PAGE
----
In Nebraska, License Plates Now Allow Drivers To Say They're Pro-Choice

Nebraska drivers can now buy custom license plates that read "My Body, My Choice." SAUL LOEB/AFP/Getty Images

In Nebraska, hot-button debates over abortion rights are argued on warring license plates.

After Governor Pete Ricketts unveiled a "Choose Life" custom plate last month, abortion rights advocates struck back, introducing a own pro-choice counterpart that includes the words, "My Body, My Choice."

The plates go on sale on January 1, according to Planned Parenthood, which is named on the plates, said the new tags reflect widespread pro-choice sentiment.

"After all, the majority of Nebraskans and Americans overall believe that a woman should maintain her right to reproductive choice as established under Roe v. Wade," Meg Mikolajczyk, a spokeswoman for Planned Parenthood for the Heartland, said in a statement.

Planned Parenthood Unveils Pro-Abortion License Plates: “My Body, My Choice” via @LifeNewsHQ

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The dueling plates have generated their fair share of controversy in the Nebraska legislature, where lawmakers who support abortion rights filibustered to block the "Choose Life" license plate bill in April. The bill eventually passed with Ricketts telling reporters, "Officials have a duty to stand up and be a voice for the unborn and most vulnerable." The "My Body, My Choice" plates succeeded via a petition campaign.

Currently, 30 states and Washington D.C. offer the "Choose Life" plates, which are designed by the organization Choose Life America. Virginia is the only state other than Nebraska, according to Slate, that offers a pro-choice tags. In the Commonwealth, the plates read, "Trust Women. Respect Choice."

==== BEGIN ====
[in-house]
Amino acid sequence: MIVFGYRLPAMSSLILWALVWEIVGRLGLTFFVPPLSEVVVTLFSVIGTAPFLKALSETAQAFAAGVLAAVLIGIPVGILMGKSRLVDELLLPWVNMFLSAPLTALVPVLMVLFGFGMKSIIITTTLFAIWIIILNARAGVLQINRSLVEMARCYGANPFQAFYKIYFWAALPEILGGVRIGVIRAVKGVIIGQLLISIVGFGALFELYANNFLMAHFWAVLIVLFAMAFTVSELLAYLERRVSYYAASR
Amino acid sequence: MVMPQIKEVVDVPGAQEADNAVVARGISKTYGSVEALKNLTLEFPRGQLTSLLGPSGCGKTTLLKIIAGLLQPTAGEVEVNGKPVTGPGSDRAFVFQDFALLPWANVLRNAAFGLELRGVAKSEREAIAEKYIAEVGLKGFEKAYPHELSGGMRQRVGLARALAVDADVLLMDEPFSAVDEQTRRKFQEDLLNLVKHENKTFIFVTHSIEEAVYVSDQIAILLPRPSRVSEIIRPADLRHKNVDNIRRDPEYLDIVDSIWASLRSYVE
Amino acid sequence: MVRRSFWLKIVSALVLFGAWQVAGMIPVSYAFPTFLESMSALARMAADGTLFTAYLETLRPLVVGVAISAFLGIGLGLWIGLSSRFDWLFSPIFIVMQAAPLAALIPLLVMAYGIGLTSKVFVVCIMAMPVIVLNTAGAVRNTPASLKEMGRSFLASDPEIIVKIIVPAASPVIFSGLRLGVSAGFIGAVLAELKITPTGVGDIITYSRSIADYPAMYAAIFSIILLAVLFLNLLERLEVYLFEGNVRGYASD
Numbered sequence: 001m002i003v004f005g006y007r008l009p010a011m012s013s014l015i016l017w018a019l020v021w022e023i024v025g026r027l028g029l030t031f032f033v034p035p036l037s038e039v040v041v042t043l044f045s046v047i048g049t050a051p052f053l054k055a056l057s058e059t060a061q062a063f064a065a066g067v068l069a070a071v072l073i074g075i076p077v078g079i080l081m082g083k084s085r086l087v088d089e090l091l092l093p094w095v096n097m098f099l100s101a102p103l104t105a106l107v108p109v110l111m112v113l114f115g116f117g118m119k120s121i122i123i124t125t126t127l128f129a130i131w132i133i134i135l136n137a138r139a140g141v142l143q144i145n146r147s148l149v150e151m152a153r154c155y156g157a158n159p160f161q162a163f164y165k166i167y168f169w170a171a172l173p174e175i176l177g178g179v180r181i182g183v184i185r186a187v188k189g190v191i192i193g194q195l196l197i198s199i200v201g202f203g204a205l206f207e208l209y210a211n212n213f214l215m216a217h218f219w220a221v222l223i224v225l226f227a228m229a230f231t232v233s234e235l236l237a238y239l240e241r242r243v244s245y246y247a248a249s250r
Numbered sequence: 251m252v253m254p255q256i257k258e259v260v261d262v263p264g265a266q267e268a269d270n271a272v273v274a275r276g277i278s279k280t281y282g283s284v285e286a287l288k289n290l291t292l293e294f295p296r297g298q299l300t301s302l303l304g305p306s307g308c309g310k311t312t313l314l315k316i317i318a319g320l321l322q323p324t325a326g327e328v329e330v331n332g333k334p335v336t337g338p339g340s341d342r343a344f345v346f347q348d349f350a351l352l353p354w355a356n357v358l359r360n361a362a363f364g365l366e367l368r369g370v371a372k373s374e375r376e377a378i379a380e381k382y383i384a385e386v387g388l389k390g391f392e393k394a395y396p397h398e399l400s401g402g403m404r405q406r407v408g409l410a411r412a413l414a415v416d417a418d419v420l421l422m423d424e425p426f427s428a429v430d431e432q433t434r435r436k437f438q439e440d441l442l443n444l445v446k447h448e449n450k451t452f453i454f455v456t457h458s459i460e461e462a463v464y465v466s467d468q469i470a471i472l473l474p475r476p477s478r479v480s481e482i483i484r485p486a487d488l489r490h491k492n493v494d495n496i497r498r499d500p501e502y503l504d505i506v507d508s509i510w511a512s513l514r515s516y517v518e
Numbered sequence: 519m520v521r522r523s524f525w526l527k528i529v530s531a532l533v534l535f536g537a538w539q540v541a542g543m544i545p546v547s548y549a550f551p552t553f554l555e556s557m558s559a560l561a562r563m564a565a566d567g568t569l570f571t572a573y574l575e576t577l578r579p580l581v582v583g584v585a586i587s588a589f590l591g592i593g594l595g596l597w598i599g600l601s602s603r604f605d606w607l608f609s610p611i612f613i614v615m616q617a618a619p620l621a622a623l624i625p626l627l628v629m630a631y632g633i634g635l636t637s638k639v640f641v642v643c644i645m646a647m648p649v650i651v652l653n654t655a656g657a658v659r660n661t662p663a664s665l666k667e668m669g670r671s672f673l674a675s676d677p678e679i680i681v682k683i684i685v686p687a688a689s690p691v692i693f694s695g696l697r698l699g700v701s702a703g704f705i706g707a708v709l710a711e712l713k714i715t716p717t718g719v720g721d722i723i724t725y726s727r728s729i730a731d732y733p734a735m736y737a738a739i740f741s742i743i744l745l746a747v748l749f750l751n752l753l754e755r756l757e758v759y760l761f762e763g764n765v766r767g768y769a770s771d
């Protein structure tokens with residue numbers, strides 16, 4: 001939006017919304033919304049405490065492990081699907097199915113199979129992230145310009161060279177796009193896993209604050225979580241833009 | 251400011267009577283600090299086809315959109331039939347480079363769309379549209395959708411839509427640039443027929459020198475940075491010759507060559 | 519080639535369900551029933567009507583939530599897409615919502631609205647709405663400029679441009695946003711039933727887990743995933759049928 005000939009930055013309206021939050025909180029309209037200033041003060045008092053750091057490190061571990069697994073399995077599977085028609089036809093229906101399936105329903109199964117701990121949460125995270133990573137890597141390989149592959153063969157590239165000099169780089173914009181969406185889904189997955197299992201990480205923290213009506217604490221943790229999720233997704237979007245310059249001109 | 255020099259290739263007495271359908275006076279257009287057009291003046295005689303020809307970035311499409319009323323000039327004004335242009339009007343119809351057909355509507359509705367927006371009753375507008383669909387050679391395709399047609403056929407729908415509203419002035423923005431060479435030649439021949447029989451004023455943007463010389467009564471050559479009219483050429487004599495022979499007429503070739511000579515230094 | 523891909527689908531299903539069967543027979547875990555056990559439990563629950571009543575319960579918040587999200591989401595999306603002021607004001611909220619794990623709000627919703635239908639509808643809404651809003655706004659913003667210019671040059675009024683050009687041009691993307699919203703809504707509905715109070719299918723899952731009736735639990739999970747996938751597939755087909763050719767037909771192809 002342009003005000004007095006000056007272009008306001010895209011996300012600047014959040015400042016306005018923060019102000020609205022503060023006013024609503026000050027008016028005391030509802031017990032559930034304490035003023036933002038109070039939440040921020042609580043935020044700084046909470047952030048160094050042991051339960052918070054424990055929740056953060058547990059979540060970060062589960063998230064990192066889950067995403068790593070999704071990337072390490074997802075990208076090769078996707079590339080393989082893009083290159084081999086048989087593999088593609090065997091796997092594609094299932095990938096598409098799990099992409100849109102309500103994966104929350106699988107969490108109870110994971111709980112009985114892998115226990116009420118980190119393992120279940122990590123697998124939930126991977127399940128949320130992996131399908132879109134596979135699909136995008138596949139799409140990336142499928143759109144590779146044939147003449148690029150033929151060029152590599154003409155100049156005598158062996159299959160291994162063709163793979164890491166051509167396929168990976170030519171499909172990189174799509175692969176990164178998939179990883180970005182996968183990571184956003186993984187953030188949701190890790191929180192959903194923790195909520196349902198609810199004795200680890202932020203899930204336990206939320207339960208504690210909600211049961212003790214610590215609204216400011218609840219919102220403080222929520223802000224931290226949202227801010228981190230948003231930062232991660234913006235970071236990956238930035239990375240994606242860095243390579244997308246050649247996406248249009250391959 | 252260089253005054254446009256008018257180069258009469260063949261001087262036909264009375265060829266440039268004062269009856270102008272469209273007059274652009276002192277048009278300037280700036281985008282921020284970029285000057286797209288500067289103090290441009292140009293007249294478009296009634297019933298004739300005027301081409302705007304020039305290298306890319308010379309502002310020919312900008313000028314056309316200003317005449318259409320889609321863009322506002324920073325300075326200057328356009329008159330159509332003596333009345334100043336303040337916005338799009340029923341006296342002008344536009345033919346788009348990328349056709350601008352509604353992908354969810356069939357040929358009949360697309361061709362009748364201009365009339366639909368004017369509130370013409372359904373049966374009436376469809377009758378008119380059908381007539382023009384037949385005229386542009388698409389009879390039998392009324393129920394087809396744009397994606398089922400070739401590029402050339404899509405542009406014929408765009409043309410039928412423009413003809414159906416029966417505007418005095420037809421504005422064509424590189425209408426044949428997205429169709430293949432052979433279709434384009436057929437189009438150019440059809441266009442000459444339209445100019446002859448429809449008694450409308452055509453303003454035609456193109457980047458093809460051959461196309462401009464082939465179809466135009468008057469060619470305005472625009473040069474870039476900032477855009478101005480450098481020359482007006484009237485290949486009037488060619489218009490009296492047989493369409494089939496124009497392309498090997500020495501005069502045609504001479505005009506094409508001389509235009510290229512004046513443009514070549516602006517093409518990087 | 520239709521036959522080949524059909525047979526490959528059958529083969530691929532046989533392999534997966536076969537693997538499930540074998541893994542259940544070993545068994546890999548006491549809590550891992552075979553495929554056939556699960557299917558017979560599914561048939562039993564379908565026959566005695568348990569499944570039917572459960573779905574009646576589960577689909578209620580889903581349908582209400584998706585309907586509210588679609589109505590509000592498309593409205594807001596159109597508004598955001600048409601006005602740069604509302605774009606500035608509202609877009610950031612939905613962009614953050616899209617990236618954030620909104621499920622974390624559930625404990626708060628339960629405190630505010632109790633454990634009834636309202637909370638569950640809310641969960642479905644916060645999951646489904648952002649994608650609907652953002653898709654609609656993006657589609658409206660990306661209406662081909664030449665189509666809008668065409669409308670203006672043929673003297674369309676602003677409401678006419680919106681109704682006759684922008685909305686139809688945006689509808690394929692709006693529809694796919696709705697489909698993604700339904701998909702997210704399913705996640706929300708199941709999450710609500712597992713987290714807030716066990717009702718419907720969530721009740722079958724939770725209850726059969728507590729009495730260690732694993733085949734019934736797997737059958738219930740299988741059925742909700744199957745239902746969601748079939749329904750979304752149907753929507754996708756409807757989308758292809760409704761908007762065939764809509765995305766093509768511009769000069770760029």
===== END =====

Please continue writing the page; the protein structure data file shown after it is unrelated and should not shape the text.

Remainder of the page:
California has pending legislation that would create "California Trusts Women" license plates.

"It's a statement of your values," Democratic Senator Connie Leyva, a co-author of the Golden State bill, told the Press-Enterprise in July. "It shows the world that you are pro-choice, that you believe women have the right to make decisions over their own bodies and it shouldn't be made by anyone else."

Disputes over the politically charged license plates have reached the nation's highest courts: In March 2016, the U.S. Fourth Circuit Court of Appeals ruled that North Carolina could issue "Choose Life" license plates, even though the state's general assembly had rejected requests to issue plates with pro-choice messages.

The United States Supreme Court has also weighed in on questions of what language or imagery can appear on state-issued license plates, ruling that Texas could strike down a proposal for a license plate featuring the Confederate battle flag. In the 5-4 decision, Justice Stephen Breyer argued that anything that appears on a state license plate constitutes government, not public, speech, which meant Texas wasn't violating the First Amendment by refusing to create license plates with the rebel flag.